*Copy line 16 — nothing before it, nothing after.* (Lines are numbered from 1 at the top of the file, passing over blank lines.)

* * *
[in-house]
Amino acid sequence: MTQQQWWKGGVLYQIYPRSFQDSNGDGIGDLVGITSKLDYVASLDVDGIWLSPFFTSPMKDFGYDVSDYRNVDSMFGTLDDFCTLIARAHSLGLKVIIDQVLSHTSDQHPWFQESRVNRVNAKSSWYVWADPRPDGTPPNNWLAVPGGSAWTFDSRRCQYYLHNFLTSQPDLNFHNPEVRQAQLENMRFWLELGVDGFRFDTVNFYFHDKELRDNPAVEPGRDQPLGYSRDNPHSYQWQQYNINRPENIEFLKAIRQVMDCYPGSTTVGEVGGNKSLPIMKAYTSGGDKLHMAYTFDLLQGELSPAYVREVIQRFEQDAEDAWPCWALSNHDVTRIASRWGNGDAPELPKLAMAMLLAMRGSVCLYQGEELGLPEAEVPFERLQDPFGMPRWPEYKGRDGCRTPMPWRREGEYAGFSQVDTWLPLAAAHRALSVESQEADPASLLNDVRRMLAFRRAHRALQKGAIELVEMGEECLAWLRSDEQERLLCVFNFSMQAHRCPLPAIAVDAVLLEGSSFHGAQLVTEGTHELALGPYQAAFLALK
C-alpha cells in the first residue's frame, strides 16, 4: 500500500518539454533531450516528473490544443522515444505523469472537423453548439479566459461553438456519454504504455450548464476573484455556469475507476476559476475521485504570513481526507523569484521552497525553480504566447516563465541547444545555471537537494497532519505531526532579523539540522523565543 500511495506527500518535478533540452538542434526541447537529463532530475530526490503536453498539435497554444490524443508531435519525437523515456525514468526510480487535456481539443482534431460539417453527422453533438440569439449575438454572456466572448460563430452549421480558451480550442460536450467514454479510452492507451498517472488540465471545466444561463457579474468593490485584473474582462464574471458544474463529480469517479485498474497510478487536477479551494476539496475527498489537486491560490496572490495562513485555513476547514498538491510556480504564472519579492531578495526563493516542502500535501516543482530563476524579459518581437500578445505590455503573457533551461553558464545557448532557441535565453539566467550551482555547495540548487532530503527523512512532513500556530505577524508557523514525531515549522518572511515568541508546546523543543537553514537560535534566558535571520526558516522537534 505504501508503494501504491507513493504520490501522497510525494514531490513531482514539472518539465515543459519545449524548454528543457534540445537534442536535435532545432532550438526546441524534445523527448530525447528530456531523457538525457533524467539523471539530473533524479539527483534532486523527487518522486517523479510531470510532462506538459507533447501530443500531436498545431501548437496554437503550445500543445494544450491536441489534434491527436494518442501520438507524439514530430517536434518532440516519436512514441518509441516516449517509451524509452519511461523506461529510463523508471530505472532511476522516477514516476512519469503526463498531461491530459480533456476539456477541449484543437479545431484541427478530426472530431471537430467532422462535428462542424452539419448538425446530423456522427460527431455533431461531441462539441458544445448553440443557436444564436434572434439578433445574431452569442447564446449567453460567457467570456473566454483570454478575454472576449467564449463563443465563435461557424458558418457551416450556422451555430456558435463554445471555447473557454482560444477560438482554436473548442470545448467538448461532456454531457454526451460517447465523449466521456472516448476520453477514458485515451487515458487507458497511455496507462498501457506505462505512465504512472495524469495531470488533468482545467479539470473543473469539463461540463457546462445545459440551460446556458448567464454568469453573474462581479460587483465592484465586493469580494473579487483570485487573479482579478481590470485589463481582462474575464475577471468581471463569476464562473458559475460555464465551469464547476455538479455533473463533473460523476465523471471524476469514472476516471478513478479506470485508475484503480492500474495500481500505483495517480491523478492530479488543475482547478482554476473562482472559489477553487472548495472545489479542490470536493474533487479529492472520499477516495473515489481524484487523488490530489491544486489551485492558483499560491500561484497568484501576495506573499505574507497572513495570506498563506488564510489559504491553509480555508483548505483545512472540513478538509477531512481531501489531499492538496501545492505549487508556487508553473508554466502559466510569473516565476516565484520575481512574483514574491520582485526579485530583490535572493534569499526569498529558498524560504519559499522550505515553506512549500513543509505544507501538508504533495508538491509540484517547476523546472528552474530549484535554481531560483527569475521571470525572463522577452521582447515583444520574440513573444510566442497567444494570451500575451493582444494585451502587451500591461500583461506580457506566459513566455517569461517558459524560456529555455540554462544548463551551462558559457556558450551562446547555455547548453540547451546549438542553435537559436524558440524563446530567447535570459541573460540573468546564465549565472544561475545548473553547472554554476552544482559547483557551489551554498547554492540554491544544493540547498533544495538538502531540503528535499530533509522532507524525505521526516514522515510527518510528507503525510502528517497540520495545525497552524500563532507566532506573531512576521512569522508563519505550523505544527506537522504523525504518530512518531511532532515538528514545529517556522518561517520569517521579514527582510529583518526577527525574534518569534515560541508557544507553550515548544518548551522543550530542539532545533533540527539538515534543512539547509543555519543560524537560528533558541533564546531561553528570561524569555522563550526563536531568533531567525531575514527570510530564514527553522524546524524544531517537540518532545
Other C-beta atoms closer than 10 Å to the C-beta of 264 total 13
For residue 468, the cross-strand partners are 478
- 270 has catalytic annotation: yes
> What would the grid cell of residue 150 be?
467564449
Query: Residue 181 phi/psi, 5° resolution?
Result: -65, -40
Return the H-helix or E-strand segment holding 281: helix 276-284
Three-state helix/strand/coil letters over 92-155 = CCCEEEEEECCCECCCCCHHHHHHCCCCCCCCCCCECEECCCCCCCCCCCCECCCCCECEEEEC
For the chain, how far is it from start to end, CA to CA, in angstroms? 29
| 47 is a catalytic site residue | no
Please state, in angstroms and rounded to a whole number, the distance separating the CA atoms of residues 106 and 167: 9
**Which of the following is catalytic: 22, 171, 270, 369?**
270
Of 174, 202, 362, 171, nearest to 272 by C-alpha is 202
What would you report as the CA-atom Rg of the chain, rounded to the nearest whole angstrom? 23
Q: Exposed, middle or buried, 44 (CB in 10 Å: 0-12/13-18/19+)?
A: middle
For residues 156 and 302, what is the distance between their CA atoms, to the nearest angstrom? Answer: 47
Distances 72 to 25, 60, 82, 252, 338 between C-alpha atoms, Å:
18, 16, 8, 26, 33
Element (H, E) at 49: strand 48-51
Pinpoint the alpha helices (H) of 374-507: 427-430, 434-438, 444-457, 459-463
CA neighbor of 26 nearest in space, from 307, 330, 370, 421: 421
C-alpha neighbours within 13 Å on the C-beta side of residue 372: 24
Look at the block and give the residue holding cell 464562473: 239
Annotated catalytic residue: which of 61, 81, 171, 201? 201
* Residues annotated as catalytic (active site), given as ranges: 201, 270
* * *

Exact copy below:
**Which of the following is catalytic: 22, 171, 270, 369?**